Christopher J. Dorobek | OMB’s 483-day sprint


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During a recent off-site meeting of the CIO Council, Clay Johnson, deputy director for management at the Office of Management and Budget, said OMB would launch no new initiatives for the remainder of the Bush administration. Instead, the agency would focus on implementing the initiatives the administration has started in the past seven years.

That statement echoes what officials said when they submitted their fiscal 2008 budget request: We are in implementation mode.

Perhaps that is true, but we encourage administration officials to temper their words. Telling employees to just keep plugging along is disheartening, and it gives the impression that the administration has run out of steam. It also isn’t true.

We understand what they are trying to say: They will not be adding to the President’s Management Agenda while they work on the many important issues to be resolved in the administration’s remaining 15 months.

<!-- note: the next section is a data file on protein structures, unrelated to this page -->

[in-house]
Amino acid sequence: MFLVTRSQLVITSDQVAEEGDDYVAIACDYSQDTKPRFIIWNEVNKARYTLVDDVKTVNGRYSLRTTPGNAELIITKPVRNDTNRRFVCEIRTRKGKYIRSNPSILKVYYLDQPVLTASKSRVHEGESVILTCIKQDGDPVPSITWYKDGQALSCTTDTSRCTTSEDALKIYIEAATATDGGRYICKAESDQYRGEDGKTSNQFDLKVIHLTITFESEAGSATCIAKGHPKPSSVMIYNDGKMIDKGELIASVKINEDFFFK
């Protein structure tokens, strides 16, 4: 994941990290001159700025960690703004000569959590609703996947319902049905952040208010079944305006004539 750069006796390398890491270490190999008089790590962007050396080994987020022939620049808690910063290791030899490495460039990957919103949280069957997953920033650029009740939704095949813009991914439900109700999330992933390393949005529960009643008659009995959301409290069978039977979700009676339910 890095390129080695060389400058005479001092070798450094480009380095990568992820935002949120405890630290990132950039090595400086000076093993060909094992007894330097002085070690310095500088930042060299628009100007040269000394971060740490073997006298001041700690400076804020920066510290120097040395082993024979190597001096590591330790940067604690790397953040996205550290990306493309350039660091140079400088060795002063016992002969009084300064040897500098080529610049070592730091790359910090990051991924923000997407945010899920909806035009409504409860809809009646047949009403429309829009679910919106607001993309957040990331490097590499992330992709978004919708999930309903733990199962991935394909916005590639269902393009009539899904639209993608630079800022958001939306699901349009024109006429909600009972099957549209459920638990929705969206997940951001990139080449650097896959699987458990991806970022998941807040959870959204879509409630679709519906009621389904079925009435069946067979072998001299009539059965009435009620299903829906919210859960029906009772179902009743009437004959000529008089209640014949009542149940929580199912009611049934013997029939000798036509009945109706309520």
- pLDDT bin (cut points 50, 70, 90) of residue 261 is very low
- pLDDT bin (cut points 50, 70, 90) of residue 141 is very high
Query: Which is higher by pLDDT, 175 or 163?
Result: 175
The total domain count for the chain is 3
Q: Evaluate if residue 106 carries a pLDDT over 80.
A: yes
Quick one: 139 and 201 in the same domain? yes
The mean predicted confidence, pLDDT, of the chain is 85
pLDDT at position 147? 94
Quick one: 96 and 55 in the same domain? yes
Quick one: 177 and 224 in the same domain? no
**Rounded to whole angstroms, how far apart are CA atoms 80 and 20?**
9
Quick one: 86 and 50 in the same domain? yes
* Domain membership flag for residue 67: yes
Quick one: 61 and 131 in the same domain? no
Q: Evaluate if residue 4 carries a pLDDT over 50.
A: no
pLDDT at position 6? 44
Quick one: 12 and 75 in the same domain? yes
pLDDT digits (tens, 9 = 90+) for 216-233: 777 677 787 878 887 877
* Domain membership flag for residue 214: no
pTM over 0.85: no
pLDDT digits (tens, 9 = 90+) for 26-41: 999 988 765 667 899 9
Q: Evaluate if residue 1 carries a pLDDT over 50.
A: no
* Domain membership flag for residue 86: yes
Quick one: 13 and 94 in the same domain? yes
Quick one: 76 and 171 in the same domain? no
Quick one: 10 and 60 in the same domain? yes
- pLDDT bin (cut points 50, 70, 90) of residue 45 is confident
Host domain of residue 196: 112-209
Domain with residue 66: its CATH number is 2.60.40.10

Clearly, the administration has less political capital the closer we get to Jan. 20, 2009, and, with Congress now controlled by Democrats, it is all the more difficult to launch new programs. But there are still opportunities for new ideas and initiatives, even if they seem relatively minor.

The Clinton administration announced the governmentwide Web portal FirstGov, which is now, in July 2000 — less than six months before President Clinton left office. And OMB’s partnership with New Paradigm’s Don Tapscott on the Government 2.0 project is an innovative and potentially powerful approach to changing government.
Even if the Bush administration launches no new initiatives, we should see new goals for the existing ones.

To that end, we credit the General Services Administration — and specifically Administrator Lurita Doan and Deputy Administrator David Bibb — for setting a goal of having 50 percent of the agency’s eligible employees teleworking by 2010. Those kinds of mileposts can be powerful motivators and can transform everyday tasks into goals worth achieving.

The ideas that will live beyond the Bush years are those that have broad applicability and usefulness. Agencies and federal workers want to accomplish important tasks. They just need motivation and a goal worth achieving.

— Christopher J. Dorobek

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